LESLIE: Chip in Nevada needs some help repairing a wood floor. What can we do for you?
CHIP: Hi. It’s kind of a weird question but – it’s a 60-year-old home. We’ve got two …
TOM: You’ll fit right in. (Leslie chuckles)
CHIP: (chuckling) OK. It’s a T&G floor. It’s about two inches wide; basically, a quarter-inch-thick T&G, roughly 60 years old.
TOM: (overlapping voices) Yep.
CHIP: And there was water damage in the sub-floor. Well, everything just started to buckle in the substructure. I don’t have anything underneath there that I can screw to but I was wondering, if I were to wedge a 2x4 under there and use the breakaway screws to suck the floor back down, if that would work. And how do I patch the flooring?
TOM: (overlapping voices) Oh, I see what you mean. Well, it might. So what you’re talking about doing is cutting a 2x4 to fit in between the floor joists, so you have sort of some blocking there that you could attach something to, correct?
CHIP: (overlapping voices) Right. But unfortunately, the joists are going to be running the same way that 2x4 is going to be running.
TOM: Alright. But you’ve to get the 2x4 attached some way under there so that you have something to actually grab, correct?
CHIP: Correct, yeah. I was thinking about wedging it.
CHIP: I thought about wedging it underneath a piece of plywood.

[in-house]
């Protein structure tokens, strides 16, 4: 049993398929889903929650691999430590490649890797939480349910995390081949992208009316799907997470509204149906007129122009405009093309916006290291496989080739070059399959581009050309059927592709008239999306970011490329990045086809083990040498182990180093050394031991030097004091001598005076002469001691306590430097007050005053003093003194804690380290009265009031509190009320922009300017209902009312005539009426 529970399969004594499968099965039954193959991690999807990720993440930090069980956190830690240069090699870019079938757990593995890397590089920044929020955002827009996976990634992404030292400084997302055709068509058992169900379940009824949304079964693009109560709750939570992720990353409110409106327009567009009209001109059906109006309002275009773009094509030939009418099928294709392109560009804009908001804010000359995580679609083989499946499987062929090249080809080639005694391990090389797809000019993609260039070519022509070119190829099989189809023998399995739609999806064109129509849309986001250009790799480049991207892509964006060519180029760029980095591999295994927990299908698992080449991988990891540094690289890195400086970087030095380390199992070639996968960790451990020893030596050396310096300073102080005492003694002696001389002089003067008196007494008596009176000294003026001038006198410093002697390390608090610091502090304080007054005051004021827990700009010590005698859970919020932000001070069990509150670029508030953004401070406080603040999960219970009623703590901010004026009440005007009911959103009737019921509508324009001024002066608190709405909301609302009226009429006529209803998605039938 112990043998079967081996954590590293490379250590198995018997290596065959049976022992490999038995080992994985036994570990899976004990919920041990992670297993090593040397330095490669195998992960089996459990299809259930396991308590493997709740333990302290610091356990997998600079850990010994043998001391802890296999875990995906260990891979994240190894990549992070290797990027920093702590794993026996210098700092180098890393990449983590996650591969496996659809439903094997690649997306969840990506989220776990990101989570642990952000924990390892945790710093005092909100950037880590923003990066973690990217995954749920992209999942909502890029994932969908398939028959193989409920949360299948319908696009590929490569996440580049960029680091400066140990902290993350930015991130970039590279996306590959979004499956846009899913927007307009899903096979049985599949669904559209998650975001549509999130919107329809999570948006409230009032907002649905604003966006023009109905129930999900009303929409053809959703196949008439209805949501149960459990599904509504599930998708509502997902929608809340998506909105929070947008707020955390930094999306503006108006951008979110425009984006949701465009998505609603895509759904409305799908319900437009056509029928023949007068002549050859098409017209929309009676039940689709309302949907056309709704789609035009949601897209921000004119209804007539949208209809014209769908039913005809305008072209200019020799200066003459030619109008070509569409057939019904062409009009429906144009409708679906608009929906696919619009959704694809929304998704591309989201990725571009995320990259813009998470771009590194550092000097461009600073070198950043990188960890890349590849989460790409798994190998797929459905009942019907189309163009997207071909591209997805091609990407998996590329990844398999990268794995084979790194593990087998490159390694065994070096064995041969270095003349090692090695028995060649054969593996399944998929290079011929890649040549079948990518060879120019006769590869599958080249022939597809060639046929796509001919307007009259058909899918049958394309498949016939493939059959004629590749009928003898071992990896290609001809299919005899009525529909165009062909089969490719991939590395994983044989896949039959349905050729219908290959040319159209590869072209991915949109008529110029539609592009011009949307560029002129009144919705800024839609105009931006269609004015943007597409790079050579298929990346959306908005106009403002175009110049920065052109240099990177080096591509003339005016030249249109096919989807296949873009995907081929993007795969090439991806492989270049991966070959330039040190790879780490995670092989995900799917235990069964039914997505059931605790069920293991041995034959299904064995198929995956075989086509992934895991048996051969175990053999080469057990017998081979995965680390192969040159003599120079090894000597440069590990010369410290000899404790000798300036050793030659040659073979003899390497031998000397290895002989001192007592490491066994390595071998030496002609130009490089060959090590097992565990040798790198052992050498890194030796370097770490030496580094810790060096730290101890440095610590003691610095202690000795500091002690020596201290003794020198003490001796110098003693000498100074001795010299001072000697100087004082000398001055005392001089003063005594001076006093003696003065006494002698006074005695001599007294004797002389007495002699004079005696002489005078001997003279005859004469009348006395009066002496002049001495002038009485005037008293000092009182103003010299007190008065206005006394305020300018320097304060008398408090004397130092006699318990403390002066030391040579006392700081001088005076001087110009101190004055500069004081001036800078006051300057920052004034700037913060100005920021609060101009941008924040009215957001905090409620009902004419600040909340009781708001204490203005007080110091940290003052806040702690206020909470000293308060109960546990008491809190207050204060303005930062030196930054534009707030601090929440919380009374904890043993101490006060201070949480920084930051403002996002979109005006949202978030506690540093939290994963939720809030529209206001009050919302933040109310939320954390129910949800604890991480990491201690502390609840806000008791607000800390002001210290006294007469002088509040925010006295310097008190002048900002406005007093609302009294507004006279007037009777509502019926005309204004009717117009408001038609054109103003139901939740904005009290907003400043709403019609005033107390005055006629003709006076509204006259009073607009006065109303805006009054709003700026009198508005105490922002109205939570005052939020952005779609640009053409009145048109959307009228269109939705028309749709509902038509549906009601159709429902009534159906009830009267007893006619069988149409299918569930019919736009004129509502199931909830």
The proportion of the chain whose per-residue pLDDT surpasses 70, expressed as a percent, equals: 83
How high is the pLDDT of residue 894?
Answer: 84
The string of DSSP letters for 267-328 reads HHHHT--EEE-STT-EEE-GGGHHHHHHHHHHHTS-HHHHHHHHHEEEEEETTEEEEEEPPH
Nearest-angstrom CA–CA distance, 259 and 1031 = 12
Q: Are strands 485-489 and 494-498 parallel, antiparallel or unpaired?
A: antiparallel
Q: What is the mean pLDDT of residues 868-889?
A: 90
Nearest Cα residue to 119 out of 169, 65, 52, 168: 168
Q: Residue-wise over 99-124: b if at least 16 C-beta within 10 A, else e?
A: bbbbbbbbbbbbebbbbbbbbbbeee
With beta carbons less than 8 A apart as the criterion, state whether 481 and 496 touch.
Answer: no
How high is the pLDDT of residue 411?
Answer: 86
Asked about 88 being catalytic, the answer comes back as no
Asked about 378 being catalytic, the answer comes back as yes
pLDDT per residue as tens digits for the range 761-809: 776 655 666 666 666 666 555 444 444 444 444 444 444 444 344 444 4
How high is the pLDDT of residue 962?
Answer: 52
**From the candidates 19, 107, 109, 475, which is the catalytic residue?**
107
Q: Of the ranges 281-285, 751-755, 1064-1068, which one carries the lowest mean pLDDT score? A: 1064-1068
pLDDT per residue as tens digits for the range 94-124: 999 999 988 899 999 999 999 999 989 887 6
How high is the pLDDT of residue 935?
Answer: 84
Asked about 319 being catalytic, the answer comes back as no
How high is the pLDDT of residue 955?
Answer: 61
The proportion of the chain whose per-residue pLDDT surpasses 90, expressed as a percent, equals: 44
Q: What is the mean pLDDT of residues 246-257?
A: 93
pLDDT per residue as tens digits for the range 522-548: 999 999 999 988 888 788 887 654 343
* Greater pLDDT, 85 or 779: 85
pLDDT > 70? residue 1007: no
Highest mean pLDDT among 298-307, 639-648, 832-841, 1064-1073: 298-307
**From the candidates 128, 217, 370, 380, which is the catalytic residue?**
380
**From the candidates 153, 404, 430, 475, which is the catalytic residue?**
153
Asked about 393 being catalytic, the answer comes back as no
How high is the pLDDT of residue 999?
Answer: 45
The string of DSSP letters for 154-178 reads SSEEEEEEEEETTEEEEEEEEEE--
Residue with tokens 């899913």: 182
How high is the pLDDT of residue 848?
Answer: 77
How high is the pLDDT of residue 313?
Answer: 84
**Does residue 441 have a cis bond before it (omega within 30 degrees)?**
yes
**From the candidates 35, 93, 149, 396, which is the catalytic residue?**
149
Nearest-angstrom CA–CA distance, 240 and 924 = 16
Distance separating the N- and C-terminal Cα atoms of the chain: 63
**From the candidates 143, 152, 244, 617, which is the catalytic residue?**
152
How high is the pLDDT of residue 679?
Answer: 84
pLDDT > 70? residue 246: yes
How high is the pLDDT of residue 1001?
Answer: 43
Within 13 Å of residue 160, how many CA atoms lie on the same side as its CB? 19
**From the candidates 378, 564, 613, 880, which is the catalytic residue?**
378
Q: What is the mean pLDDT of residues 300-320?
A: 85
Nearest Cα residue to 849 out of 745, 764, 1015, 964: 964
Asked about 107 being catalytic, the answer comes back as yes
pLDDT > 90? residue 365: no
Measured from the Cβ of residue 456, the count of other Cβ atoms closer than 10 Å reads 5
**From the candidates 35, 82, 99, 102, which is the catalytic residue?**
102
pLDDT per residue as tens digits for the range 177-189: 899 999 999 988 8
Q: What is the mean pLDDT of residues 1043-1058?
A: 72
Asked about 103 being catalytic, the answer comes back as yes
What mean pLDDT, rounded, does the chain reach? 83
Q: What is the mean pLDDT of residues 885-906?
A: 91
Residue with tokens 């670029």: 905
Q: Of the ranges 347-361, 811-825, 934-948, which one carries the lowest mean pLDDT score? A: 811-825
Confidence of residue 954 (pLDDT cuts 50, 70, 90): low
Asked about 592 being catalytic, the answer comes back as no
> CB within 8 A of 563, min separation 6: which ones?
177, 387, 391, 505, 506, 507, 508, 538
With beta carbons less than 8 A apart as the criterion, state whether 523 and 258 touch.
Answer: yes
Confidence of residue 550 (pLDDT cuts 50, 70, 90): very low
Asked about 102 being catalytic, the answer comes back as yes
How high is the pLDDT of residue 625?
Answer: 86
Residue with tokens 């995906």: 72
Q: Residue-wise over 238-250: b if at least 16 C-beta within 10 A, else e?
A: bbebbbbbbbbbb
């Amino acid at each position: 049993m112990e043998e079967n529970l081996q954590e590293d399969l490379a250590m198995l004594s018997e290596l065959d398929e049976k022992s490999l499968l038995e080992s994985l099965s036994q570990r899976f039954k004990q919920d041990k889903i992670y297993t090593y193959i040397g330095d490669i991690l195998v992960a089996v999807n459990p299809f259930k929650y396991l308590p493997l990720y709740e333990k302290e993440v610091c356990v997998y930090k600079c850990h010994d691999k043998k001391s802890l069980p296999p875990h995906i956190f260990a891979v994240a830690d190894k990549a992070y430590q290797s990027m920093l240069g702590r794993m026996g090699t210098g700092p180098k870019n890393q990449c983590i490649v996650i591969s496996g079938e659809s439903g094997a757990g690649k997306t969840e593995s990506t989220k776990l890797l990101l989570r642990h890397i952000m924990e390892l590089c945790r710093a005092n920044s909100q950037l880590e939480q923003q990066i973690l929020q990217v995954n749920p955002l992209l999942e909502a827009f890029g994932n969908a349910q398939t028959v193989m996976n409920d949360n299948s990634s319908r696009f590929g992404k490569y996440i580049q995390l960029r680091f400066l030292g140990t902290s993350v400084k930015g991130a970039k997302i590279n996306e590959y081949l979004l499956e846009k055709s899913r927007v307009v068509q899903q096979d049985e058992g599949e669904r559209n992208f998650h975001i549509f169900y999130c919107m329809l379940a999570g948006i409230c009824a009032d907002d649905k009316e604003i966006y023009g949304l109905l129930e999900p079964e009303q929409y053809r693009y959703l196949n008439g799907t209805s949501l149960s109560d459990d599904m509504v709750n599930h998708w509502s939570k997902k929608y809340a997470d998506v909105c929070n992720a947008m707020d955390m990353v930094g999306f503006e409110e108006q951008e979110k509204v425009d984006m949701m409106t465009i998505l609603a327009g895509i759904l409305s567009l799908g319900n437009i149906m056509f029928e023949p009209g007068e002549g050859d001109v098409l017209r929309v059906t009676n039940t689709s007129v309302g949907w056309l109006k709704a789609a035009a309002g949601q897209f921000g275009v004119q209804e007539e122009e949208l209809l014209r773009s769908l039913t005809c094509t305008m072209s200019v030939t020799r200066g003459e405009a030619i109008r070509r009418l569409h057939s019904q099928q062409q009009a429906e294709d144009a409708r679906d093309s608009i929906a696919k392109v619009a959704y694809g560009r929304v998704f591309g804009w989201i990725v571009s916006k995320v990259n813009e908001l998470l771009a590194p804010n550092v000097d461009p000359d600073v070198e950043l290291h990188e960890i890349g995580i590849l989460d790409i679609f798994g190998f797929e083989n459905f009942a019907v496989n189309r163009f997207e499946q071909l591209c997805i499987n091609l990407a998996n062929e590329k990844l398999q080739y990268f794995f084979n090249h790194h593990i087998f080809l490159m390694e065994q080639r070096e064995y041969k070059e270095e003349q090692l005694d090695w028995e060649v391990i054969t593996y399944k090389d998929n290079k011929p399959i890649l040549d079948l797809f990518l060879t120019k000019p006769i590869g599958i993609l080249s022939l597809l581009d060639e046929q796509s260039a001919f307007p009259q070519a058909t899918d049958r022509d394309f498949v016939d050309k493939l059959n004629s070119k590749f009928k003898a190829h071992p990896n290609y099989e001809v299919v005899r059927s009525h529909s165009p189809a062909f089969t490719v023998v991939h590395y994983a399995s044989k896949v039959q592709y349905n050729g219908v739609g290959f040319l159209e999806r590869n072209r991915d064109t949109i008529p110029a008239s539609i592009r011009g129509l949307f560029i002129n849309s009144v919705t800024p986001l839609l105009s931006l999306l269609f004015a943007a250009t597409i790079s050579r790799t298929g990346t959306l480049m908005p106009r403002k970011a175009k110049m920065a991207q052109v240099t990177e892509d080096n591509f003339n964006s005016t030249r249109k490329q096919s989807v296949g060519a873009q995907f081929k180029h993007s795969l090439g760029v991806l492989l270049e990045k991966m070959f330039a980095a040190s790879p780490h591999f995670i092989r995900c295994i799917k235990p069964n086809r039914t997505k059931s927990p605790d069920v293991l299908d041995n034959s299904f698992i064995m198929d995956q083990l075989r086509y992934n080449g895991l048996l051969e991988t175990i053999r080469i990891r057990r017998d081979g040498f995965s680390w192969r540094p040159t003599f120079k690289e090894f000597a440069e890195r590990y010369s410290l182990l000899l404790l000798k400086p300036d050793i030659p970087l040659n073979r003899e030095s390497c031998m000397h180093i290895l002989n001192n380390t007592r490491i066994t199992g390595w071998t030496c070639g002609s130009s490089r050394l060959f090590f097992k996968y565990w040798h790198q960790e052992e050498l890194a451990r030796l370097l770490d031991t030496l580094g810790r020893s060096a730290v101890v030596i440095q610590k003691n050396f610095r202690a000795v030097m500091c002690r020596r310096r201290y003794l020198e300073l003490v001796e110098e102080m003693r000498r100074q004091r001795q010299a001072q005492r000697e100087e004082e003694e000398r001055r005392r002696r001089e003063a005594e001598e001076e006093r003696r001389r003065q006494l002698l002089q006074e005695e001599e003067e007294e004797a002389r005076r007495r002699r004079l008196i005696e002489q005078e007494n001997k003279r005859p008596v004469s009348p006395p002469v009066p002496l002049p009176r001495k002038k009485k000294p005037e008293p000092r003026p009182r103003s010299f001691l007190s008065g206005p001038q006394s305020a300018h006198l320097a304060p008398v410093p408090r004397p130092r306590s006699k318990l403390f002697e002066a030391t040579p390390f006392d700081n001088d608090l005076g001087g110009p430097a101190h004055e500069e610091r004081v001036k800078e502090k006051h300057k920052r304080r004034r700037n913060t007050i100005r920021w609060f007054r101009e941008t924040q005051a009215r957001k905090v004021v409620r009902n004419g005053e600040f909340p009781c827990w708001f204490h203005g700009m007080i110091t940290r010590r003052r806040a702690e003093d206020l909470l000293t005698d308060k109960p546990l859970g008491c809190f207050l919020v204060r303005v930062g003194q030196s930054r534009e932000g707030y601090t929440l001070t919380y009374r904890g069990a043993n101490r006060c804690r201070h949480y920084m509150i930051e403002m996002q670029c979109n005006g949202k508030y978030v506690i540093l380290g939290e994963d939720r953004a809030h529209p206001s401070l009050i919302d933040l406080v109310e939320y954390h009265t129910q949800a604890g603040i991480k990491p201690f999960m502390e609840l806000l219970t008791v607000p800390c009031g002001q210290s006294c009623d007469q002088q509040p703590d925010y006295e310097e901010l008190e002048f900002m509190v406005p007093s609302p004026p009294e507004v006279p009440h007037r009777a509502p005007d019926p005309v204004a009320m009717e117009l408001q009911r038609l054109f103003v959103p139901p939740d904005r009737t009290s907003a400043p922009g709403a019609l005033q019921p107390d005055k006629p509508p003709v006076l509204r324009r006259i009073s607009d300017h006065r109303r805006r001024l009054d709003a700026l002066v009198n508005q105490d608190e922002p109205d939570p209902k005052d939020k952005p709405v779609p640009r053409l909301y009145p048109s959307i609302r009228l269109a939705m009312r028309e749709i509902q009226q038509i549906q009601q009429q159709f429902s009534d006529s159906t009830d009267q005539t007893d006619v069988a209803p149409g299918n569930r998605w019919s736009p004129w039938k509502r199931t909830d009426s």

TOM: You’re going to have to nail it in, somehow; you’re going to have to secure it, somehow, between those floor joists.
TOM: Now, in terms of the breakaway screws – yeah, I think they would work. There is a product out there called Squeeeeek No More. It’s a website that sells a lot of these breakaway screws; you’ll find some links where you can just buy the screws there. And there’s like a special tool that snaps off the head.
But essentially, what you would do is you would put the blocking in. You would have to compress the floor, if you can do this, so that it’s down nice and flat.
CHIP: (overlapping voices) We can.
TOM: And then you would drill – probably with the hardwood, you’re going to want to pilot-drill it. But you’ll drill through that breakaway screw until it’s just below the surface of the wood and then you’ll snap off the head. And it comes off pretty easily; a quick rap will do that. And then, in terms of the hole, it’s a really small hole; it’s kind of like a finish-nail size. So you’re just going to want to fill that with some colored wood filler.